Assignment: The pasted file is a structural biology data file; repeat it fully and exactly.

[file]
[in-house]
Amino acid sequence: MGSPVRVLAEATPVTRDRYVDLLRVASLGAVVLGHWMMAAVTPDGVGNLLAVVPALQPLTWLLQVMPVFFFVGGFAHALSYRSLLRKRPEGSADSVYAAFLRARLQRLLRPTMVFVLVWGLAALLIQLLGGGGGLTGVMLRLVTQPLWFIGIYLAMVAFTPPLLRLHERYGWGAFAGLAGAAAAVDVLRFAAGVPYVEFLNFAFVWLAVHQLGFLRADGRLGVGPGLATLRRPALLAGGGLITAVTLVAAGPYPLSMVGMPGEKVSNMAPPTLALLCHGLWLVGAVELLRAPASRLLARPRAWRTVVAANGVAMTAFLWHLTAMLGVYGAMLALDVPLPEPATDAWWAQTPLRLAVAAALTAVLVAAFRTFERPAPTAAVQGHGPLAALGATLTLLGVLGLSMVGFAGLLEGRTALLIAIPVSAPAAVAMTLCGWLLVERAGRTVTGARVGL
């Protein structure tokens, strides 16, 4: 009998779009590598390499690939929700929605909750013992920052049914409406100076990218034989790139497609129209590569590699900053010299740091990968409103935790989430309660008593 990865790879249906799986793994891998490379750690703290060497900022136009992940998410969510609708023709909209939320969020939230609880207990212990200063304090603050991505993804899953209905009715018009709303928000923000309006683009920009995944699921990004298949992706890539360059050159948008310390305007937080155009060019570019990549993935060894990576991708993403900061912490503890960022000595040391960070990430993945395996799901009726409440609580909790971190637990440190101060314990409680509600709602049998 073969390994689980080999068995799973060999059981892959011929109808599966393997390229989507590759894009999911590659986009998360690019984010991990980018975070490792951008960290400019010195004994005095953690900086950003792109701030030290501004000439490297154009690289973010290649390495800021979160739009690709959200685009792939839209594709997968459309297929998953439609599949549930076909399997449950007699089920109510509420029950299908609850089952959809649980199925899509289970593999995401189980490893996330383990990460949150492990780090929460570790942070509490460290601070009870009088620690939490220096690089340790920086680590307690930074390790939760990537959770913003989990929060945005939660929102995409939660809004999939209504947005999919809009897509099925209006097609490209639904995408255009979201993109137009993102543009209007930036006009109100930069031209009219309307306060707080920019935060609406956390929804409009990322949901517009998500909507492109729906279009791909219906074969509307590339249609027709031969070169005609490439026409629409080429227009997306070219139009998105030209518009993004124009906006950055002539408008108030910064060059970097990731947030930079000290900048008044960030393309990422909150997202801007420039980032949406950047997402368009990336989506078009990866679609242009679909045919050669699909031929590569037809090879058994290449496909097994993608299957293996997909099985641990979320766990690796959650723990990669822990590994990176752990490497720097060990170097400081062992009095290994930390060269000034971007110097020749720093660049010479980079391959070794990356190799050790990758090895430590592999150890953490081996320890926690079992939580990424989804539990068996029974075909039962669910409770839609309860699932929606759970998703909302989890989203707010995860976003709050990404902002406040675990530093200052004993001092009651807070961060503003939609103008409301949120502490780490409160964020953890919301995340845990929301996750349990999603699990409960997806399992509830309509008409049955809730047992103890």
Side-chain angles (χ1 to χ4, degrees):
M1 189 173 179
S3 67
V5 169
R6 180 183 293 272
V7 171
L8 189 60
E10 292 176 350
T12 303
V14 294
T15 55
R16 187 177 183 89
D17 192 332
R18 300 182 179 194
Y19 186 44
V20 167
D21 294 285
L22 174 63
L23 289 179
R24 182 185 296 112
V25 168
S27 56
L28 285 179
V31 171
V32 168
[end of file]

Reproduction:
[in-house]
Amino acid sequence: MGSPVRVLAEATPVTRDRYVDLLRVASLGAVVLGHWMMAAVTPDGVGNLLAVVPALQPLTWLLQVMPVFFFVGGFAHALSYRSLLRKRPEGSADSVYAAFLRARLQRLLRPTMVFVLVWGLAALLIQLLGGGGGLTGVMLRLVTQPLWFIGIYLAMVAFTPPLLRLHERYGWGAFAGLAGAAAAVDVLRFAAGVPYVEFLNFAFVWLAVHQLGFLRADGRLGVGPGLATLRRPALLAGGGLITAVTLVAAGPYPLSMVGMPGEKVSNMAPPTLALLCHGLWLVGAVELLRAPASRLLARPRAWRTVVAANGVAMTAFLWHLTAMLGVYGAMLALDVPLPEPATDAWWAQTPLRLAVAAALTAVLVAAFRTFERPAPTAAVQGHGPLAALGATLTLLGVLGLSMVGFAGLLEGRTALLIAIPVSAPAAVAMTLCGWLLVERAGRTVTGARVGL
């Protein structure tokens, strides 16, 4: 009998779009590598390499690939929700929605909750013992920052049914409406100076990218034989790139497609129209590569590699900053010299740091990968409103935790989430309660008593 990865790879249906799986793994891998490379750690703290060497900022136009992940998410969510609708023709909209939320969020939230609880207990212990200063304090603050991505993804899953209905009715018009709303928000923000309006683009920009995944699921990004298949992706890539360059050159948008310390305007937080155009060019570019990549993935060894990576991708993403900061912490503890960022000595040391960070990430993945395996799901009726409440609580909790971190637990440190101060314990409680509600709602049998 073969390994689980080999068995799973060999059981892959011929109808599966393997390229989507590759894009999911590659986009998360690019984010991990980018975070490792951008960290400019010195004994005095953690900086950003792109701030030290501004000439490297154009690289973010290649390495800021979160739009690709959200685009792939839209594709997968459309297929998953439609599949549930076909399997449950007699089920109510509420029950299908609850089952959809649980199925899509289970593999995401189980490893996330383990990460949150492990780090929460570790942070509490460290601070009870009088620690939490220096690089340790920086680590307690930074390790939760990537959770913003989990929060945005939660929102995409939660809004999939209504947005999919809009897509099925209006097609490209639904995408255009979201993109137009993102543009209007930036006009109100930069031209009219309307306060707080920019935060609406956390929804409009990322949901517009998500909507492109729906279009791909219906074969509307590339249609027709031969070169005609490439026409629409080429227009997306070219139009998105030209518009993004124009906006950055002539408008108030910064060059970097990731947030930079000290900048008044960030393309990422909150997202801007420039980032949406950047997402368009990336989506078009990866679609242009679909045919050669699909031929590569037809090879058994290449496909097994993608299957293996997909099985641990979320766990690796959650723990990669822990590994990176752990490497720097060990170097400081062992009095290994930390060269000034971007110097020749720093660049010479980079391959070794990356190799050790990758090895430590592999150890953490081996320890926690079992939580990424989804539990068996029974075909039962669910409770839609309860699932929606759970998703909302989890989203707010995860976003709050990404902002406040675990530093200052004993001092009651807070961060503003939609103008409301949120502490780490409160964020953890919301995340845990929301996750349990999603699990409960997806399992509830309509008409049955809730047992103890």
Side-chain angles (χ1 to χ4, degrees):
M1 189 173 179
S3 67
V5 169
R6 180 183 293 272
V7 171
L8 189 60
E10 292 176 350
T12 303
V14 294
T15 55
R16 187 177 183 89
D17 192 332
R18 300 182 179 194
Y19 186 44
V20 167
D21 294 285
L22 174 63
L23 289 179
R24 182 185 296 112
V25 168
S27 56
L28 285 179
V31 171
V32 168